Because I want to use Lisp's syntax and Python's libraries.
closed as off-topic by Haidro, Rainer Joswig, tcaswell, michielvoo, Dirk Sep 1 '13 at 8:14
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I've been experimenting a bit with a Lisp compiler targeting Python bytecode.
You can see a small video here.
It's just a proof-of-concept toy but it's IMO a viable path and the end result would be able to call and be called from python freely (and it would be compatible with any python extension library). All this keeping however the power of macros (metaprogramming is probably the area in which Python is farthest from lisp).
Targeting Python source code instead is quite more annoying to do because there are explicit syntax limitations that make compiling Lisp difficult (e.g. assignment is not an expression, no statement is permitted in lambda, captured variables are read-only in Python 2.x).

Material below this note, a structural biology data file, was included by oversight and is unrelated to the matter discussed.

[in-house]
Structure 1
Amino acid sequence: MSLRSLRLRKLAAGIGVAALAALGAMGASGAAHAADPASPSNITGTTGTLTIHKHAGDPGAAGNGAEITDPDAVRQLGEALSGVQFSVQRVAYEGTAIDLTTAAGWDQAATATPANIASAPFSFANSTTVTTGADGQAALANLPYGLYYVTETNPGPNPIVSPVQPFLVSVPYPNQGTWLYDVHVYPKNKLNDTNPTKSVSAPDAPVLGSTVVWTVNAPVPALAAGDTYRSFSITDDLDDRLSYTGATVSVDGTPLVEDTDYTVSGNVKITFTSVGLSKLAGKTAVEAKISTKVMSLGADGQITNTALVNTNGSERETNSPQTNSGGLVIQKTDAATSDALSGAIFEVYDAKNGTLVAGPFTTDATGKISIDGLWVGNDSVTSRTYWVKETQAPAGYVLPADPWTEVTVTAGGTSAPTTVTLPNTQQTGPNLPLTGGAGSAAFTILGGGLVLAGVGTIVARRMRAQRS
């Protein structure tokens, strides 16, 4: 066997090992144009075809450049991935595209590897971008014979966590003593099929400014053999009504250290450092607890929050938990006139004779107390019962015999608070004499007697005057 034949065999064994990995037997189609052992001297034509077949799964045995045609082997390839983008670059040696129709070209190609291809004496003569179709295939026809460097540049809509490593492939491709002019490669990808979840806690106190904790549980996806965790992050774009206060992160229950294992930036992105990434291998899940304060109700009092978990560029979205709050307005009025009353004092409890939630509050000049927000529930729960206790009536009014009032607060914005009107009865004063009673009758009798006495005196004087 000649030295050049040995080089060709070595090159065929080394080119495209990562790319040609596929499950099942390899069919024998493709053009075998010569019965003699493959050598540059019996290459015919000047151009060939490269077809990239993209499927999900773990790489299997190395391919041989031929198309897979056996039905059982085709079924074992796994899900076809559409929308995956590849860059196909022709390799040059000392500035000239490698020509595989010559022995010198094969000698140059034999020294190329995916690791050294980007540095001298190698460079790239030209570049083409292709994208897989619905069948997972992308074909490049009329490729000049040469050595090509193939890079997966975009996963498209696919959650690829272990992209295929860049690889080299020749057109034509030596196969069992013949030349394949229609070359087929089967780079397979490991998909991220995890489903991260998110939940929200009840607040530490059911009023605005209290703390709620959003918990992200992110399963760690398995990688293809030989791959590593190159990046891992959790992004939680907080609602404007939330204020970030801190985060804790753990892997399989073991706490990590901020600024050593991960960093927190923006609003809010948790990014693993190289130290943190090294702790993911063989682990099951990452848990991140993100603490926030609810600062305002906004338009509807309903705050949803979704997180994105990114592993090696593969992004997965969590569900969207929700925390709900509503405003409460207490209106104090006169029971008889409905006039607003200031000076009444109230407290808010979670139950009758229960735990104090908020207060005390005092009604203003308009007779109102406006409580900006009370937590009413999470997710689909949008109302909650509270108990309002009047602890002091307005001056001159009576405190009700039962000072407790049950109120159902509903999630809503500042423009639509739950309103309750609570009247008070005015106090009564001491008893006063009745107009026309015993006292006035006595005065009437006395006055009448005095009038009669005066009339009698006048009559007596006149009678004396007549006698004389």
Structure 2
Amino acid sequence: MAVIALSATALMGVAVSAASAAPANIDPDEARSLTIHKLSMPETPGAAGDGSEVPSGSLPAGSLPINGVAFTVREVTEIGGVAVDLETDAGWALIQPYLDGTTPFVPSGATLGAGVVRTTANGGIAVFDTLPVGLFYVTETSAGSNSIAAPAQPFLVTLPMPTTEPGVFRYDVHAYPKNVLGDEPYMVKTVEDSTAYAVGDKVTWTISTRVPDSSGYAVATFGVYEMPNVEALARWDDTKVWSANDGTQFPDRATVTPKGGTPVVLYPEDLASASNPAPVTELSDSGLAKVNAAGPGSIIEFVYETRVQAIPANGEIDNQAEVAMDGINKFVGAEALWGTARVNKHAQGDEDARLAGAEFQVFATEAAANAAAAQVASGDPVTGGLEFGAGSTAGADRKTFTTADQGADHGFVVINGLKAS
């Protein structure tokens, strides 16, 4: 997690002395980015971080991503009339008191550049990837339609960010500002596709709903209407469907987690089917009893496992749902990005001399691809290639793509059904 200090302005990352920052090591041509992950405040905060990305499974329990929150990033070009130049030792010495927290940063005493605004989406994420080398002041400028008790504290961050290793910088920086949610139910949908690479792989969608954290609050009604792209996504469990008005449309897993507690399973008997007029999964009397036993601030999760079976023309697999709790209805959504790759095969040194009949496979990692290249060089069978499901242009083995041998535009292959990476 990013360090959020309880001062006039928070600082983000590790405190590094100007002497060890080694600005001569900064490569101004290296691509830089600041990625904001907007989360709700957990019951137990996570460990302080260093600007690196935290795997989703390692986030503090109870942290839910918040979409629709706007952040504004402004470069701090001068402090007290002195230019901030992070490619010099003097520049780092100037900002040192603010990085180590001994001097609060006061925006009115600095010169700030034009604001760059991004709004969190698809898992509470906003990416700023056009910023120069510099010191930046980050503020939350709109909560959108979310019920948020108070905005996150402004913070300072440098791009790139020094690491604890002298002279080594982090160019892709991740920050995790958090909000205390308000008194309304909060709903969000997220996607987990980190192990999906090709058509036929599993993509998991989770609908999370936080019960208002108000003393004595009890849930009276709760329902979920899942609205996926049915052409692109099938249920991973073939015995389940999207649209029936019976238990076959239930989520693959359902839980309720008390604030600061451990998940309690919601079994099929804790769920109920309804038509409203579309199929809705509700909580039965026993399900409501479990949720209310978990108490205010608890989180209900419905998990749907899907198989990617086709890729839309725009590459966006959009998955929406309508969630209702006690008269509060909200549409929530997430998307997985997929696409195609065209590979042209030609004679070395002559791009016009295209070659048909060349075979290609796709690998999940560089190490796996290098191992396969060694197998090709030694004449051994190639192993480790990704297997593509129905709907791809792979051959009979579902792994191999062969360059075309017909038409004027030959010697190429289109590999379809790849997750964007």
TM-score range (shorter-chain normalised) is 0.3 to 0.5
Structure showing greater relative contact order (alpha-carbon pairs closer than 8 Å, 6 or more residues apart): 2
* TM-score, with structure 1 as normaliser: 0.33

The VM runtime however doesn't have these limitations and Python bytecode is reasonably nice.
My toy currently can target Python 2.x, Python 3.x and works even with PyPy (so you get a JIT compiler too).
Of course aiming at becoming a full compliant Common Lisp implementation would be IMO nonsense from a technical point of view, but a lisp dialect based on Python runtime types and compatible with Python object system could instead be a reasonable tool with practical applications.
I believe that "hy" is what you are looking for http://docs.hylang.org/en/latest/
From the tutorial: "Hy converts to python’s own abstract syntax tree, so you’ll soon start to find that all the familiar power of python is at your fingertips."
However note that hy isn't common lisp and some lisp things (such as common lisp quoting